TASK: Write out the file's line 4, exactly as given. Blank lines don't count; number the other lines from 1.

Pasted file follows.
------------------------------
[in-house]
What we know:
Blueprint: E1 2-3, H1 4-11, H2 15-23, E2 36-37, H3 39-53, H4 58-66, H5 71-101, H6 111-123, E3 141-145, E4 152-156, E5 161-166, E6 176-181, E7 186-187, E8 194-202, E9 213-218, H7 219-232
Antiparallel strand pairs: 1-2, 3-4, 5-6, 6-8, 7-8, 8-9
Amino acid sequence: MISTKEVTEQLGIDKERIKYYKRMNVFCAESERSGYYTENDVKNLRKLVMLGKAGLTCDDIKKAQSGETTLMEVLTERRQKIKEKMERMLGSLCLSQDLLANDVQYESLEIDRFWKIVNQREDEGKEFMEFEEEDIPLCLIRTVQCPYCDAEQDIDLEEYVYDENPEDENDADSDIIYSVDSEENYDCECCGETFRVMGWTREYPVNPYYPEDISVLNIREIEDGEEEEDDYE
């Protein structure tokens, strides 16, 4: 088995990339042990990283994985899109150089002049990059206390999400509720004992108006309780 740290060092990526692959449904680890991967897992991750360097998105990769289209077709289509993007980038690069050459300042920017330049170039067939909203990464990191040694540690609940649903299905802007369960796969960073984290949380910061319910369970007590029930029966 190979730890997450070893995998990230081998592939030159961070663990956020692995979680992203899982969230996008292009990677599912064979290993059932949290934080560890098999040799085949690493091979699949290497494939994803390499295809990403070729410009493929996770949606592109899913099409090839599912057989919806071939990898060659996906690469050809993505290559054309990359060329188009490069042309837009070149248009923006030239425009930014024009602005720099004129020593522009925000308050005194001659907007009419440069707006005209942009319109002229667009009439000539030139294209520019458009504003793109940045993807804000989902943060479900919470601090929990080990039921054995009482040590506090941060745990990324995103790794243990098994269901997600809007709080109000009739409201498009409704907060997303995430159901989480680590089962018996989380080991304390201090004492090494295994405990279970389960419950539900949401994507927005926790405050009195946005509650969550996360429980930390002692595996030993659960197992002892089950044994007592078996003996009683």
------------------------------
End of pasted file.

Antiparallel strand pairs: 1-2, 3-4, 5-6, 6-8, 7-8, 8-9